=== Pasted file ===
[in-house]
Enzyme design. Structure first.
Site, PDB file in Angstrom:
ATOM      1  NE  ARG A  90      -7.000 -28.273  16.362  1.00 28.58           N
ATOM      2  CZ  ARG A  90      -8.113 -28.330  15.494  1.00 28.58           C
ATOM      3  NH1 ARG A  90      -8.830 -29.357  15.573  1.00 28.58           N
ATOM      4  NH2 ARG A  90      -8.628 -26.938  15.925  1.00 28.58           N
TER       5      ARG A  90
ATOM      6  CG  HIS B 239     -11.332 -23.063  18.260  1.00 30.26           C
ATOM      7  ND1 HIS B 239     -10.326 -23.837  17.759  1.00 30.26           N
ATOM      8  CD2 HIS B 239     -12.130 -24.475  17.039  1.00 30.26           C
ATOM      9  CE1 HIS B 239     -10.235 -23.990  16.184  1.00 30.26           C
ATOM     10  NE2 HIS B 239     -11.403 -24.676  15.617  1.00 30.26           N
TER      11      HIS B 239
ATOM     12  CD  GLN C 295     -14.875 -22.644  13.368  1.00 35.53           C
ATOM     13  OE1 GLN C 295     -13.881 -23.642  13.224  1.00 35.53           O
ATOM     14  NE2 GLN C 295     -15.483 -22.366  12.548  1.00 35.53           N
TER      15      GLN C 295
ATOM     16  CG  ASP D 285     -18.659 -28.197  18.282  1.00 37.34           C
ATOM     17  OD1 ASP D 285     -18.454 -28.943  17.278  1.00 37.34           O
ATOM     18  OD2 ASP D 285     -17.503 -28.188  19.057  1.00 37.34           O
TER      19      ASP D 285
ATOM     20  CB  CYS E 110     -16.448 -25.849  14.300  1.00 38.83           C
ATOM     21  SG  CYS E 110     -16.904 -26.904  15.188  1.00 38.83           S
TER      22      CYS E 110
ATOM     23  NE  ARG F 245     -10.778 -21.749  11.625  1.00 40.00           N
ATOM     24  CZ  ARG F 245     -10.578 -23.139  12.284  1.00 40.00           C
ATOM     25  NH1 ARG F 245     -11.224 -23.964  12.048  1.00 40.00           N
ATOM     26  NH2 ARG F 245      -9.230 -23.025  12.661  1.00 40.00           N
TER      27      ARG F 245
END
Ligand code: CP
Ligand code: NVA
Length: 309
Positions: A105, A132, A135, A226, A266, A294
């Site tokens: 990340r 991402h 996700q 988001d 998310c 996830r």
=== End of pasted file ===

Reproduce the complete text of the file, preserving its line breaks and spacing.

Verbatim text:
[in-house]
Enzyme design. Structure first.
Site, PDB file in Angstrom:
ATOM      1  NE  ARG A  90      -7.000 -28.273  16.362  1.00 28.58           N
ATOM      2  CZ  ARG A  90      -8.113 -28.330  15.494  1.00 28.58           C
ATOM      3  NH1 ARG A  90      -8.830 -29.357  15.573  1.00 28.58           N
ATOM      4  NH2 ARG A  90      -8.628 -26.938  15.925  1.00 28.58           N
TER       5      ARG A  90
ATOM      6  CG  HIS B 239     -11.332 -23.063  18.260  1.00 30.26           C
ATOM      7  ND1 HIS B 239     -10.326 -23.837  17.759  1.00 30.26           N
ATOM      8  CD2 HIS B 239     -12.130 -24.475  17.039  1.00 30.26           C
ATOM      9  CE1 HIS B 239     -10.235 -23.990  16.184  1.00 30.26           C
ATOM     10  NE2 HIS B 239     -11.403 -24.676  15.617  1.00 30.26           N
TER      11      HIS B 239
ATOM     12  CD  GLN C 295     -14.875 -22.644  13.368  1.00 35.53           C
ATOM     13  OE1 GLN C 295     -13.881 -23.642  13.224  1.00 35.53           O
ATOM     14  NE2 GLN C 295     -15.483 -22.366  12.548  1.00 35.53           N
TER      15      GLN C 295
ATOM     16  CG  ASP D 285     -18.659 -28.197  18.282  1.00 37.34           C
ATOM     17  OD1 ASP D 285     -18.454 -28.943  17.278  1.00 37.34           O
ATOM     18  OD2 ASP D 285     -17.503 -28.188  19.057  1.00 37.34           O
TER      19      ASP D 285
ATOM     20  CB  CYS E 110     -16.448 -25.849  14.300  1.00 38.83           C
ATOM     21  SG  CYS E 110     -16.904 -26.904  15.188  1.00 38.83           S
TER      22      CYS E 110
ATOM     23  NE  ARG F 245     -10.778 -21.749  11.625  1.00 40.00           N
ATOM     24  CZ  ARG F 245     -10.578 -23.139  12.284  1.00 40.00           C
ATOM     25  NH1 ARG F 245     -11.224 -23.964  12.048  1.00 40.00           N
ATOM     26  NH2 ARG F 245      -9.230 -23.025  12.661  1.00 40.00           N
TER      27      ARG F 245
END
Ligand code: CP
Ligand code: NVA
Length: 309
Positions: A105, A132, A135, A226, A266, A294
């Site tokens: 990340r 991402h 996700q 988001d 998310c 996830r």